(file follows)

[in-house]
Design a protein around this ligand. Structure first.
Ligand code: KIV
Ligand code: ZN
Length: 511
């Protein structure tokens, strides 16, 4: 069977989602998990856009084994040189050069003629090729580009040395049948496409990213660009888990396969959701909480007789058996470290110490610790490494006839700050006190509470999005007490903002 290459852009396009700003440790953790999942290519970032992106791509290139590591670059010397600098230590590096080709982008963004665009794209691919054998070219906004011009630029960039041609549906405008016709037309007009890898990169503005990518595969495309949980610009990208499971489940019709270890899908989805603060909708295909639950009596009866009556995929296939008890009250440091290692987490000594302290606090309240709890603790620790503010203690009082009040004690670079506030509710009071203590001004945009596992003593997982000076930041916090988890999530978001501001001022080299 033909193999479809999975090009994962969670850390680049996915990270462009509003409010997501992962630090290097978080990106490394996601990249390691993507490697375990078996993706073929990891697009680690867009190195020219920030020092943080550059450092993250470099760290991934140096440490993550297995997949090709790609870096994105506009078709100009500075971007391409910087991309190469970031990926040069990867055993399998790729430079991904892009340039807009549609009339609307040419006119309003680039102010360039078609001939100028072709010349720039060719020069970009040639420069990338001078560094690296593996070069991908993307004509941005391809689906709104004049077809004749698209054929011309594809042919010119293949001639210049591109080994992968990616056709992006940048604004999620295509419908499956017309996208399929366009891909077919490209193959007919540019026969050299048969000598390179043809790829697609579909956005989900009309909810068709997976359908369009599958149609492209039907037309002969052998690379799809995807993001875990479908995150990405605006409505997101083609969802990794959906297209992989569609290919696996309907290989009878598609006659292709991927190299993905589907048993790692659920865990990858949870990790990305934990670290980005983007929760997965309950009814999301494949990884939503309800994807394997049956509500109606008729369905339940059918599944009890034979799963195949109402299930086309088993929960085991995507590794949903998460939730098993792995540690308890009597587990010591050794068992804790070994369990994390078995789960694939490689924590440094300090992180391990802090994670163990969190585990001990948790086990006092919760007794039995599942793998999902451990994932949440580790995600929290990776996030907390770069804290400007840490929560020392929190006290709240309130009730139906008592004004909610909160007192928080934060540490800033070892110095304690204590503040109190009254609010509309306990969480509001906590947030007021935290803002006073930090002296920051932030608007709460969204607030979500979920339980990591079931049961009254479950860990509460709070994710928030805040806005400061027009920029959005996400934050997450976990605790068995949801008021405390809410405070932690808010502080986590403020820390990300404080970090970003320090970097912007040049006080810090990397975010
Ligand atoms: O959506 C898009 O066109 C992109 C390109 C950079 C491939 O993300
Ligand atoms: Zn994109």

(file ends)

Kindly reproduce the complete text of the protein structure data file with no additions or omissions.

[in-house]
Design a protein around this ligand. Structure first.
Ligand code: KIV
Ligand code: ZN
Length: 511
């Protein structure tokens, strides 16, 4: 069977989602998990856009084994040189050069003629090729580009040395049948496409990213660009888990396969959701909480007789058996470290110490610790490494006839700050006190509470999005007490903002 290459852009396009700003440790953790999942290519970032992106791509290139590591670059010397600098230590590096080709982008963004665009794209691919054998070219906004011009630029960039041609549906405008016709037309007009890898990169503005990518595969495309949980610009990208499971489940019709270890899908989805603060909708295909639950009596009866009556995929296939008890009250440091290692987490000594302290606090309240709890603790620790503010203690009082009040004690670079506030509710009071203590001004945009596992003593997982000076930041916090988890999530978001501001001022080299 033909193999479809999975090009994962969670850390680049996915990270462009509003409010997501992962630090290097978080990106490394996601990249390691993507490697375990078996993706073929990891697009680690867009190195020219920030020092943080550059450092993250470099760290991934140096440490993550297995997949090709790609870096994105506009078709100009500075971007391409910087991309190469970031990926040069990867055993399998790729430079991904892009340039807009549609009339609307040419006119309003680039102010360039078609001939100028072709010349720039060719020069970009040639420069990338001078560094690296593996070069991908993307004509941005391809689906709104004049077809004749698209054929011309594809042919010119293949001639210049591109080994992968990616056709992006940048604004999620295509419908499956017309996208399929366009891909077919490209193959007919540019026969050299048969000598390179043809790829697609579909956005989900009309909810068709997976359908369009599958149609492209039907037309002969052998690379799809995807993001875990479908995150990405605006409505997101083609969802990794959906297209992989569609290919696996309907290989009878598609006659292709991927190299993905589907048993790692659920865990990858949870990790990305934990670290980005983007929760997965309950009814999301494949990884939503309800994807394997049956509500109606008729369905339940059918599944009890034979799963195949109402299930086309088993929960085991995507590794949903998460939730098993792995540690308890009597587990010591050794068992804790070994369990994390078995789960694939490689924590440094300090992180391990802090994670163990969190585990001990948790086990006092919760007794039995599942793998999902451990994932949440580790995600929290990776996030907390770069804290400007840490929560020392929190006290709240309130009730139906008592004004909610909160007192928080934060540490800033070892110095304690204590503040109190009254609010509309306990969480509001906590947030007021935290803002006073930090002296920051932030608007709460969204607030979500979920339980990591079931049961009254479950860990509460709070994710928030805040806005400061027009920029959005996400934050997450976990605790068995949801008021405390809410405070932690808010502080986590403020820390990300404080970090970003320090970097912007040049006080810090990397975010
Ligand atoms: O959506 C898009 O066109 C992109 C390109 C950079 C491939 O993300
Ligand atoms: Zn994109």